"I want brownies for breakfast ... I waaaaaant, I waaaaaaaaant, I waaaaaant, Mumma!"
Does that sound familiar? Whining can drive any parent up the wall. Children know how to whine in their best nails-on-a-blackboard voice. (According to research, whining, which peaks between 2 and 5 years of age, is one of the most annoying sounds on the planet!) You have said "No," asked your child to stop whining, given time-outs and even yelled at your child. But the whining won't stop.
Take heart, dear parent. You're not alone.
It's normal to feel frustrated or helpless in response to your child's begging, pleading, and asking repeatedly. You can practice effective ways to stop it.
But first, let's understand why children whine.
The first reason is simple: Whining gets their parent to give them attention and connection. Your child doesn't whine intentionally to irritate you. Securing a big chunk of your attention, even if it's negative, satisfies their basic psychological needs-belonging and significance. To your child, whining is a surefire way to get your attention and have their needs met.
Second, whining happens because it works! Children whine because it annoys their parent into submission. When your child whines and you give in, your child realizes that whining gets him what he wants-the attention he craves and maybe even that chocolate in the grocery checkout line or extra time in the playground.
Third, children whine when they're overwhelmed. It's tempting to tell your young child you won't listen until they use a more grown-up voice. But children are not grown-ups. Their whining can be a plea for help-they may be stressed hungry, thirsty, tired or overwhelmed. And brain behavior research demonstrates that young children don't yet have the neural connections to soothe and calm themselves.
Fourth, children whine because they need to express their feelings. Sometimes whining may simply be a way for a young child to express sadness or disappointment. Early childhood educator Janet Lansbury, author of No Bad Kids: Toddler Discipline Without Shame, suggests that parents "accept, acknowledge, and support" children and their feelings instead of "correcting, scolding, or controlling" them. She writes in No Bad Kids, "The more we welcome our children's displeasure, the happier everyone in our household will be."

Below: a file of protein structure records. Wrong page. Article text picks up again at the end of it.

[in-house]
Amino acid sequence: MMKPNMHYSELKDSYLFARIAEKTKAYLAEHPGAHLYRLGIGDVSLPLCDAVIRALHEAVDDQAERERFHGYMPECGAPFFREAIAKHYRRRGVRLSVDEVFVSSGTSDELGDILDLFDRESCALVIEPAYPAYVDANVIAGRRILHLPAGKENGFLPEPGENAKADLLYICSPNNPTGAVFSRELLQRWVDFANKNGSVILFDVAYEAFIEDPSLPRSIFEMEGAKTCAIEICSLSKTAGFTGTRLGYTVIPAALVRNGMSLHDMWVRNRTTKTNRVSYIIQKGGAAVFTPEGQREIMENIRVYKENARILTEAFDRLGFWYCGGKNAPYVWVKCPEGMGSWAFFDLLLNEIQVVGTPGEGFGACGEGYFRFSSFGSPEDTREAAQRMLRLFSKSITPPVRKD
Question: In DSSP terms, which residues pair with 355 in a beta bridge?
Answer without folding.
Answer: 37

So when you think "Why is he whining?" you can tell yourself, "My child is requesting for a resource (could be a snack or a nap) or comfort," and not "He's doing this deliberately to annoy me."
Reframing your child's whining as a bid for connection and comfort will help you respond to him with compassion than irritation.
How can you make the whining stop?
To curb whining, here's what you can start doing:
Stop the whining before it starts by giving positive attention before your child begins to demand your attention. Connect with your child on a regular basis, being fully present with her and paying 100% of your attention to her in that moment. Make it work: Give your child "special time." Spend at least 10 minutes with her, twice every day, letting your child lead the play, with you doing what she wants you to do. During this time, give your full attention to your child (without any phones, chores or bathroom breaks) and be emotionally available to her.
Look at your own stress levels and the overall family environment. Research suggests that children whine more when the family environment is conflictual or otherwise negative. When negativity characterizes your family interactions, your children are likely to display negativity in their own behaviors and emotions. Make it work: You can improve bonding by increasing positive family interactions. Set daily or weekly rituals to help you bond as a family. It could be a Friday board game night or a Sunday dosa breakfast, where the entire family pitches in. Consciously use more respectful language when speaking to your child. Work to build a better relationship with your partner (or co-parent), or if you're a single parent, work on your own stress levels.
Calm yourself first. Take a few deep breaths to calm yourself when your child's whining starts to get on your nerves. Then, extend a gesture of love to 'show up' for your child and soothe him. Showing up means giving your child your full attention and love in the moment. This enables him to build trust in you. It also helps him develop, over time, a capacity to self-soothe. Make it work: Hug your child with intention. "When your child whines, take a deep breath. Then reach out your arms and say, 'Are you out of hugs again? I think maybe you need a hug. I need one too!'" suggests Dr Laura Markham, founder of AhaParenting.com and author of multiple bestsellers on parenting. Spend this time soothing your child and do it for as long as it takes to settle the storm and help your child reset.